Another thing I would add, and I learned this from interacting with a friend working with the CDC, we met on a cruise and she revealed that she was on her way to Ecuador because her research had led her to develop the hypothesis that Ecuadorian soil was the most nutrient-rich so if she ate food grown in that soil for a while, her body could find a way of resetting so that it can regenerate cells normally. If she succeeds, Americans may make her write 50 books on how eating Ecuadorian food is the cure for all diseases and we might see people shipping Ecuadorian soil to their backyards in order to grow stuff that they can eat. However, in there lies a problem because you may not have paused to interrogate whether in your circumstances, at that material time, it is plausible that eating food grown in Ecuadorian soil might be beneficial to you or not. And, getting one or two more experts on the matter to weigh your logic could help you filter whether the information you have is true or not.

Also, if you hunt down a person who has a ton of experience in dealing with the problem (such as a medical condition) you have, that person’s experience massively shifts the odds in favor of a favorable outcome regardless of what the research or data says. I learned this from talking to a doctor whose mother had a nasty type of cancer whose mortality rate was over 80%, but this doctor found that at a certain hospital, those statistics were flipped and more than 80% of the people with that cancer survived. This reality was because the doctors there had massive experience in treating patients with that particular form of cancer. The lesson here is that you can apply the filter of running information by a specialist so that you can get an opinion on how accurate or otherwise that information is.

In relation to what you just said there, Jairek, I would like to add that people should never follow one scientist or one group of scientists. For example, consider the topic of climate change. A large group of scientists around the world agree that global warming is happening and human behavior could be playing a part in it. However, there is a smaller group of scientists, and there is a Nobel prize in there, and they don’t believe that climate change is happening. They say there is no global warming and what is happening is the natural planetary evolution. This shows how important it is to view things from different perspectives because no matter how many PhDs you have, your view point can be challenged.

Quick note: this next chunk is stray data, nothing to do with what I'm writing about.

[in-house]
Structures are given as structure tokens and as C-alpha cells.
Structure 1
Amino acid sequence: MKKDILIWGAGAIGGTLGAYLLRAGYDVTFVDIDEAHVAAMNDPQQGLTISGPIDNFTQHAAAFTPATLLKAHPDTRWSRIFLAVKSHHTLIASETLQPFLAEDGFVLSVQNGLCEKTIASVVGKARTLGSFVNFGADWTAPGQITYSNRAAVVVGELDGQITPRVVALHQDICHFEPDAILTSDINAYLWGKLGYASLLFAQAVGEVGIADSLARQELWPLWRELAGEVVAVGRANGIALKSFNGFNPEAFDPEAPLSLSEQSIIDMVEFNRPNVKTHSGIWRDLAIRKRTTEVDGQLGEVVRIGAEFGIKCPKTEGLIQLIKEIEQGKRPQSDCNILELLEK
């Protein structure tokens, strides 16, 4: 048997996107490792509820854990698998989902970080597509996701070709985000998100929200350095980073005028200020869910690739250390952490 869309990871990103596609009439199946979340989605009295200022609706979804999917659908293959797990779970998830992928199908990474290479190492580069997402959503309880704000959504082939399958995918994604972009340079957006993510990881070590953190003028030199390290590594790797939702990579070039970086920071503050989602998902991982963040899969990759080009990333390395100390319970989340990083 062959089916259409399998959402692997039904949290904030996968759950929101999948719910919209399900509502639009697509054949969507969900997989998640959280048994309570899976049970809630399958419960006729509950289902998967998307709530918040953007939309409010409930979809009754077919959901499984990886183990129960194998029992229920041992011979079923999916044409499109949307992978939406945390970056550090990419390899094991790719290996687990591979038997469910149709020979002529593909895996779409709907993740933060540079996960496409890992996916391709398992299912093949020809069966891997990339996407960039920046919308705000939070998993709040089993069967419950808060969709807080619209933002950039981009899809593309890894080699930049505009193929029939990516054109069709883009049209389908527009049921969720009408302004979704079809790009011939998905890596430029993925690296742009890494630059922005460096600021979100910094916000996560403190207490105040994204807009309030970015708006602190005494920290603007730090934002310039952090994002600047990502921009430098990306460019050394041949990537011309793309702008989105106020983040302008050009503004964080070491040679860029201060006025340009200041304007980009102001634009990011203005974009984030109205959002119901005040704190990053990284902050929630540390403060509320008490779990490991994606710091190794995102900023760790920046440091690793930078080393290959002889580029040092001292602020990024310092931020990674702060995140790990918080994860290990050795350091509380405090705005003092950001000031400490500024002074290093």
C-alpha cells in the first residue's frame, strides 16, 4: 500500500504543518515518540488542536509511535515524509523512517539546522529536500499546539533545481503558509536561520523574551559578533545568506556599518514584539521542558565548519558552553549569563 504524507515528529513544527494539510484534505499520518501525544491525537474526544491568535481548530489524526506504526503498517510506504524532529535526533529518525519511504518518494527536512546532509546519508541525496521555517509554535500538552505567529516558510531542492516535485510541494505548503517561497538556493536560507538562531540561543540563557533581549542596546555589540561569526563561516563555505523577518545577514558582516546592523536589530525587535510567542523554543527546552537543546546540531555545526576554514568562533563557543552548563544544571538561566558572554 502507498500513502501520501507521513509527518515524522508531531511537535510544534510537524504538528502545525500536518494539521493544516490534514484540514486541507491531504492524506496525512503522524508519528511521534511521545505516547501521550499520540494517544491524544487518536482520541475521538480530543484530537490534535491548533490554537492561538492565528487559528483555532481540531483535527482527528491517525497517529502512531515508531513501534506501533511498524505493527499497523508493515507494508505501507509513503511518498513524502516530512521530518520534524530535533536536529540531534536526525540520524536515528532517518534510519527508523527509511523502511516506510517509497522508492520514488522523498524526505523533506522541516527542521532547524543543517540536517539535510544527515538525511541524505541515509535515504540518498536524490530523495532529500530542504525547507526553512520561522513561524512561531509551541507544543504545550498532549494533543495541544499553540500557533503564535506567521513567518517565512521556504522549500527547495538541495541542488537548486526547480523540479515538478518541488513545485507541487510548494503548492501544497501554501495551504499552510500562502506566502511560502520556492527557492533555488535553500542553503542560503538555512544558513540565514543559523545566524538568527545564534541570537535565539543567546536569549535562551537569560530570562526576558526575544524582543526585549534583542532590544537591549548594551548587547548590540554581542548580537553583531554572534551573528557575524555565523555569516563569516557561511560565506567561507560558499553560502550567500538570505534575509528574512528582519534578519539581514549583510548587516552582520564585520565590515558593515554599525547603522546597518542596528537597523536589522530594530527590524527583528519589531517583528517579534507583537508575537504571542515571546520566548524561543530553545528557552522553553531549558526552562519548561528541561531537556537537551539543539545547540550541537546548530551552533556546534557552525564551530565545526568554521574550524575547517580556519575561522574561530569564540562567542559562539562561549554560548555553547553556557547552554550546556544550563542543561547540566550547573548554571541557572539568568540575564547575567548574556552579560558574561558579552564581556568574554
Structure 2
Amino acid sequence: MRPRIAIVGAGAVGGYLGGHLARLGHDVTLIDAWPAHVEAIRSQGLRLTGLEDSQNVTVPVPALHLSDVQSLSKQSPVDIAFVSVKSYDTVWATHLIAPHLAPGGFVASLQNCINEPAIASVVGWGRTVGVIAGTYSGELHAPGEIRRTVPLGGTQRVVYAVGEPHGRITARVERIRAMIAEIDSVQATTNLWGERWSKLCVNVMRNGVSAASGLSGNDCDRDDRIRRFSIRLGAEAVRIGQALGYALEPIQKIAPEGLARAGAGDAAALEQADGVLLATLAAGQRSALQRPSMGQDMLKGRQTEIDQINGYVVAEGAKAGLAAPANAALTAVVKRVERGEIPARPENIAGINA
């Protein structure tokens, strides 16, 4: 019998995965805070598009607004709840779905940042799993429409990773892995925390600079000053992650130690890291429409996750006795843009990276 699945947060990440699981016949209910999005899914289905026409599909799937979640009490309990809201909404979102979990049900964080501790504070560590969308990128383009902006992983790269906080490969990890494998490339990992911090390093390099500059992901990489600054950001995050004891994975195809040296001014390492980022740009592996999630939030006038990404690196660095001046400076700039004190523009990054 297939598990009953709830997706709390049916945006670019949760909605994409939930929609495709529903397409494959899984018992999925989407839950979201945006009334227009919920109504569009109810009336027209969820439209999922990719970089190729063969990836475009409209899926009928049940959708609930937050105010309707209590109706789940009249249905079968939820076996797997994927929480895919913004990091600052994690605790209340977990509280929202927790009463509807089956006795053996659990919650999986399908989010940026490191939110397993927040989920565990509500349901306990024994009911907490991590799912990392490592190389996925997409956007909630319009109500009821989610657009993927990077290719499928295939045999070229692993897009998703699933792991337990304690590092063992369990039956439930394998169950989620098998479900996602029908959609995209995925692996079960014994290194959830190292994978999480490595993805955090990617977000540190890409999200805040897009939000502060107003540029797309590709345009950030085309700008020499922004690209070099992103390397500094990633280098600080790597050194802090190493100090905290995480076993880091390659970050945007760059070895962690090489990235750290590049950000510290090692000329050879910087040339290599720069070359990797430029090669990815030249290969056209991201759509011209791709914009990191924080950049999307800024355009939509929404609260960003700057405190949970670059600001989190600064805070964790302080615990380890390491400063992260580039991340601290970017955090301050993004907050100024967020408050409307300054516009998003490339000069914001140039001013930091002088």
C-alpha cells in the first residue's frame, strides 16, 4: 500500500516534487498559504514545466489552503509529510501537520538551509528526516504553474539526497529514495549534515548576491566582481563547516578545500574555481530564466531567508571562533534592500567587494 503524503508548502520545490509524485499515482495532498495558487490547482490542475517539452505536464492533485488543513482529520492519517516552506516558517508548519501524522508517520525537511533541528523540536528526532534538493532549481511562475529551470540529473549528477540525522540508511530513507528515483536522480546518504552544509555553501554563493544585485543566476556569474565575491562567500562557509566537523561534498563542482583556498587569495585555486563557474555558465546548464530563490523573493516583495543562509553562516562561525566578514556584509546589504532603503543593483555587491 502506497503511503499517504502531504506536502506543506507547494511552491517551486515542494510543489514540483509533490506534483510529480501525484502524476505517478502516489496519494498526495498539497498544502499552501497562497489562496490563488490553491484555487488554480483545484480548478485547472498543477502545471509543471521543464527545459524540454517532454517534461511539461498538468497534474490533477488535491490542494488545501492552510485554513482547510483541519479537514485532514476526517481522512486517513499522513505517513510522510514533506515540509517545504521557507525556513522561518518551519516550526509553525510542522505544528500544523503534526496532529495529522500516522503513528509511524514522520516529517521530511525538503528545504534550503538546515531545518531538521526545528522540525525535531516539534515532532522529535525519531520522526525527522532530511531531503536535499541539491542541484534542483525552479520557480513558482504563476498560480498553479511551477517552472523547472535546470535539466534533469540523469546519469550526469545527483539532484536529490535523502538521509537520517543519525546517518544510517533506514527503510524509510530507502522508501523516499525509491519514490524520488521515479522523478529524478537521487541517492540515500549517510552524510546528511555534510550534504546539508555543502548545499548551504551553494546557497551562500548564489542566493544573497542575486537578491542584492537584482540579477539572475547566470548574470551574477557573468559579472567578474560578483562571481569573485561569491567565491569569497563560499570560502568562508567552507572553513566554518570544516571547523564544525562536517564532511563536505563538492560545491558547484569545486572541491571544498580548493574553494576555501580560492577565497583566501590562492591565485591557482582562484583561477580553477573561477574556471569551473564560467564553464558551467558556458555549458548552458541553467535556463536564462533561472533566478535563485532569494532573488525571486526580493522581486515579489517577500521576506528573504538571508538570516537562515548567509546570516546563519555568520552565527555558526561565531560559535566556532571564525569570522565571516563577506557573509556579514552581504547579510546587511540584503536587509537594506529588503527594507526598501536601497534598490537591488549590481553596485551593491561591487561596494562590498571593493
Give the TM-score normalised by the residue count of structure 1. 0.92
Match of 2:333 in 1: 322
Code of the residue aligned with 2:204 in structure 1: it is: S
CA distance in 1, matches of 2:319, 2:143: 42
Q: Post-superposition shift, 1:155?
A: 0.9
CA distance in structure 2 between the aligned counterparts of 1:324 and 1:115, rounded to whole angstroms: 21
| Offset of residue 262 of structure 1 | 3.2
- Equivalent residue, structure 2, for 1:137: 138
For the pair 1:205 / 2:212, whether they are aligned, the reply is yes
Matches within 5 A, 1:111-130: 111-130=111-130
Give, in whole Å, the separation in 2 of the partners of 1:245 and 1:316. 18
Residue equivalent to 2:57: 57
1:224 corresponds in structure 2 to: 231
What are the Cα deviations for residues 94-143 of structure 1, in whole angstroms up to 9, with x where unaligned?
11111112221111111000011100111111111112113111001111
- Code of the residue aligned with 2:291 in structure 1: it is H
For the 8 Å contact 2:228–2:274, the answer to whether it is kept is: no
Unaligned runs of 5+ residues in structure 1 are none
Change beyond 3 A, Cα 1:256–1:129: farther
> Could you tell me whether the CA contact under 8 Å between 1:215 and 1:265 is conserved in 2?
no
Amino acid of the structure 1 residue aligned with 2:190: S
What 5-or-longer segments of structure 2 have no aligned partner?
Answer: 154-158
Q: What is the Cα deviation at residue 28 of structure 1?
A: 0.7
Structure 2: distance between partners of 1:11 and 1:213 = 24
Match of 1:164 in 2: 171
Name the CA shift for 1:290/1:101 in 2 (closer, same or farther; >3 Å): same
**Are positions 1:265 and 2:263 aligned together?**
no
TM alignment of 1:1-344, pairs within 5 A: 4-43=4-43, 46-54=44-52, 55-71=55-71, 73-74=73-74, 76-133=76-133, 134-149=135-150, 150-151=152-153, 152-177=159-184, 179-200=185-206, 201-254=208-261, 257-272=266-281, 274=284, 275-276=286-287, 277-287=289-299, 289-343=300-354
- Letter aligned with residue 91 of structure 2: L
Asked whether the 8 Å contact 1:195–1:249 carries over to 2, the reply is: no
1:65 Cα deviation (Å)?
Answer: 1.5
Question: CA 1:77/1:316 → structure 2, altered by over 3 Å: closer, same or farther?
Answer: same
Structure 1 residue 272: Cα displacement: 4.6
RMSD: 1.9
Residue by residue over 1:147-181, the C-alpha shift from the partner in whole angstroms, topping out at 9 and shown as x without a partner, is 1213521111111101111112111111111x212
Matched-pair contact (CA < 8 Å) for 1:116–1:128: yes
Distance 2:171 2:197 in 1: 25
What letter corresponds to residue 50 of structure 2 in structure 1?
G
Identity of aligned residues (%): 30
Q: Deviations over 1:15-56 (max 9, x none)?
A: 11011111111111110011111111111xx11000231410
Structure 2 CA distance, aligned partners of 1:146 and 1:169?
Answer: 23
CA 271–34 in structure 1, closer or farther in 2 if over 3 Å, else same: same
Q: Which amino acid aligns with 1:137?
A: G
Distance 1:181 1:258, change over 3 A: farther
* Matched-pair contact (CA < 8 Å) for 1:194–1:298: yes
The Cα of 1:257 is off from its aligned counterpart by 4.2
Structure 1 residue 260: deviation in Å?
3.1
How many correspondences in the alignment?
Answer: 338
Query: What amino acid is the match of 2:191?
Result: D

Another example I am going to give regards how to enhance athletic performance. A group of scientists in the UK, Europe and Australia got together and performed a number of experiments that led them to conclude that athletic performance could be legally enhanced in a certain way. However, a group of scientists in the US didn’t agree with them and had their own research pointing to a ketogenic diet (low carb, high fat diet) as enabling athletes to perform better for longer. When the two groups of scientists got together, an amazing thing happened. The lead scientist who was advocating for the ketogenic diet admitted that the keto diet doesn’t work to enhance athletic performance! So, it doesn’t matter how many PhDs you have or how many scientific papers you have published. Your opinion will not always be right on everything.

Thank you Alex for hanging out with us. If I could summarize our little chat here, I would say number one, slow down. Number two, find a filter to sift through stuff. And number three, find multiple people or sources that you can talk to about stuff, and number four, see if you can find that place where special things do happen and be curious to know why things happen the way they do. Finally, we are all unique humans, so for one group to say that this works for everybody, question such an assertion until you arrive at the truth. Get yourself mentally inoculated against fake information in the same way as you get a vaccine shot against the flu or other diseases!

To Your Success,

Jairek Robbins